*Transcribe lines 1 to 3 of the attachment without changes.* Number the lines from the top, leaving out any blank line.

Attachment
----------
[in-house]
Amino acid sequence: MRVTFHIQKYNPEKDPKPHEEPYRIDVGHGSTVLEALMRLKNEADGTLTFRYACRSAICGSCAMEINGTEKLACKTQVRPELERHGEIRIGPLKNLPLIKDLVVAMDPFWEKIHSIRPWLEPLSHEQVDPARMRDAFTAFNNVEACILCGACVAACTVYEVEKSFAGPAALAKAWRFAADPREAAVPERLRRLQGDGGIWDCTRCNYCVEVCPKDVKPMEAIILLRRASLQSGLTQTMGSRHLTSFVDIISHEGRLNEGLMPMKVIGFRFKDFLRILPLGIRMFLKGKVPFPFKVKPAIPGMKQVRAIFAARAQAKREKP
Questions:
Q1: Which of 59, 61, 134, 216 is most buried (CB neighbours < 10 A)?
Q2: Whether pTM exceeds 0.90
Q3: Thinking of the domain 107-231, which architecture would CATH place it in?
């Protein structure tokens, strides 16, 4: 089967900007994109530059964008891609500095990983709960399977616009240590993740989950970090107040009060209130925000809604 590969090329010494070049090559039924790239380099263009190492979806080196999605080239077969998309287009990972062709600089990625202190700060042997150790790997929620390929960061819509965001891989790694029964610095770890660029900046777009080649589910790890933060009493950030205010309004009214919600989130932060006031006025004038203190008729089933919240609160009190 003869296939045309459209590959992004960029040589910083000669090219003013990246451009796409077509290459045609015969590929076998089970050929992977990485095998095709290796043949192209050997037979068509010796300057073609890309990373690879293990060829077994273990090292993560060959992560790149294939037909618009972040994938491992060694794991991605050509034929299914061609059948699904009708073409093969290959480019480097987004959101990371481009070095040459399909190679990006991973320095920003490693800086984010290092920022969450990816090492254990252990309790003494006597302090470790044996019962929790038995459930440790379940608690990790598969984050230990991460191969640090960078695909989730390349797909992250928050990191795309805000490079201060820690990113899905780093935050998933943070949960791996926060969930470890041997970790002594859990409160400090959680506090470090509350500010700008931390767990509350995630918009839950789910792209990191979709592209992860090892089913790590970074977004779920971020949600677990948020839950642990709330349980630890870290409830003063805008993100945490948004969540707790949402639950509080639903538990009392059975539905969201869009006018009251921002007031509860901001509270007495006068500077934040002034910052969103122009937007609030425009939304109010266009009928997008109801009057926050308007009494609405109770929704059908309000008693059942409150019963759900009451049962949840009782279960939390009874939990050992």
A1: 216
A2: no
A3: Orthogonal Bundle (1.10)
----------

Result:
[in-house]
Amino acid sequence: MRVTFHIQKYNPEKDPKPHEEPYRIDVGHGSTVLEALMRLKNEADGTLTFRYACRSAICGSCAMEINGTEKLACKTQVRPELERHGEIRIGPLKNLPLIKDLVVAMDPFWEKIHSIRPWLEPLSHEQVDPARMRDAFTAFNNVEACILCGACVAACTVYEVEKSFAGPAALAKAWRFAADPREAAVPERLRRLQGDGGIWDCTRCNYCVEVCPKDVKPMEAIILLRRASLQSGLTQTMGSRHLTSFVDIISHEGRLNEGLMPMKVIGFRFKDFLRILPLGIRMFLKGKVPFPFKVKPAIPGMKQVRAIFAARAQAKREKP
Questions: